WASHINGTON, Aug. 18, 2010 — As monsoon rains continue to fall on Pakistan, the United States is sending aid as fast as the flood-stricken country can absorb it, a Defense Department official said here today.
United Nations officials estimate that some 20 million Pakistanis are affected, with about 1,500 dead, as the Indus River and its tributaries continue to rise.
The United States has provided more than $90 million in support since the flooding began July 29, Pentagon spokesman Bryan Whitman said. All relief aid is at the request of and through the Pakistani government, he added, as U.S. servicemembers in Pakistan work to deliver aid under direction of Pakistani officials at the Natural Disaster Management Authority based in Rawalpindi.
The United States has funneled money to help via direct contributions to the Pakistani National Disaster Management Authority, the U.N. relief plan and many local and provincial relief organizations. In addition, about 150 sailors, Marines and airmen are flying 15 helicopters and three C‑130s in the country to deliver vital supplies.
U.S. aircraft have rescued more than 5,500 people and delivered more than 500,000 pounds of relief supplies. In the last 24 hours, 441,000 packaged meals that conform with Islamic law have been delivered to civilians, Whitman said this morning. “That in itself is [worth] about $3.7 million,” he added.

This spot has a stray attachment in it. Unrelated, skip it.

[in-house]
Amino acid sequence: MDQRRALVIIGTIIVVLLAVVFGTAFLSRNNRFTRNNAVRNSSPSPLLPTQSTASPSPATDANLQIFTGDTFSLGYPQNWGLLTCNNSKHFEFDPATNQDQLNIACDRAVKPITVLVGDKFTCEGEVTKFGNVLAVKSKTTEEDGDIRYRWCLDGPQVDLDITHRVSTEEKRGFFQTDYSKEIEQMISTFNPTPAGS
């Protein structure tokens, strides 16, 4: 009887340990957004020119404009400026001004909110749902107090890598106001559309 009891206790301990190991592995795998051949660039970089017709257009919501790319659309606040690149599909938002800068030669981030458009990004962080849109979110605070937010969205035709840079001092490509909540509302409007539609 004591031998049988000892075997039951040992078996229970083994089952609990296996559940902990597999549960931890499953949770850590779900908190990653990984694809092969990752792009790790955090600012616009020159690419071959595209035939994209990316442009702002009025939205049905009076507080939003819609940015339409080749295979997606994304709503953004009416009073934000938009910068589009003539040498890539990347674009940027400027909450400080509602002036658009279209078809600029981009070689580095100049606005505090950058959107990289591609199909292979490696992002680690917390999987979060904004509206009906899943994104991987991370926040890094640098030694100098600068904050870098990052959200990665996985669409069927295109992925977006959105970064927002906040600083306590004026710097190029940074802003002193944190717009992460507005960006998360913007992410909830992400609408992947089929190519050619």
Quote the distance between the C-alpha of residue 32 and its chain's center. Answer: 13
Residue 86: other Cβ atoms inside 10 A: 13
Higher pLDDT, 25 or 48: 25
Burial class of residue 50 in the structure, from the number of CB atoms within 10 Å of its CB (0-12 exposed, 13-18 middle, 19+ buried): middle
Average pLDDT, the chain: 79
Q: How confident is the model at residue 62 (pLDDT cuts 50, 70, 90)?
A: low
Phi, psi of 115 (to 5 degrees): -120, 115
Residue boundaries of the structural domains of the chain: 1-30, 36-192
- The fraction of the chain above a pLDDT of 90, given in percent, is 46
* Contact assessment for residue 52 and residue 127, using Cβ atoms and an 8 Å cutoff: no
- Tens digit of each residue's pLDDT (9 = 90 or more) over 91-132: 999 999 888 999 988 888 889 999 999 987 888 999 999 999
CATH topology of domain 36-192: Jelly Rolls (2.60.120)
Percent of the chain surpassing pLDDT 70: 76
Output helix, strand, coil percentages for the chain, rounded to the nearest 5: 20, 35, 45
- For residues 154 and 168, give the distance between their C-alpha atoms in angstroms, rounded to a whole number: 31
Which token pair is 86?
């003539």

Many areas in the northwestern part of the nation have been cut off. The United States is providing 12 temporary bridges to help Pakistan connect with these isolated areas. The United States has also delivered 1,870 rolls of plastic sheeting – enough to construct shelter for about 110,000 people, Whitman said. American servicemembers have delivered 14,000 blankets, 18 rescue boats, six water filtration units and 10 water storage bladders. They also delivered 2,500-kilowatt generators.
Whitman said many U.S. servicemembers are contributing to the relief effort outside of Pakistan. The crew of the USS Peleliu – off the coast of Pakistan – is providing helicopter maintenance support. Ground crews in Afghanistan are working to trans-ship the meals and other supplies. U.S. Transportation Command planners at Scott Air Force Base, Ill., are working with officials at U.S. Central Command, the State Department and the U.S. Agency for International Development to prioritize the supply missions.
“The United States has a very robust relief mission to Pakistan,” Whitman said.
U.S. Department of Defense
Office of the Assistant Secretary of Defense (Public Affairs)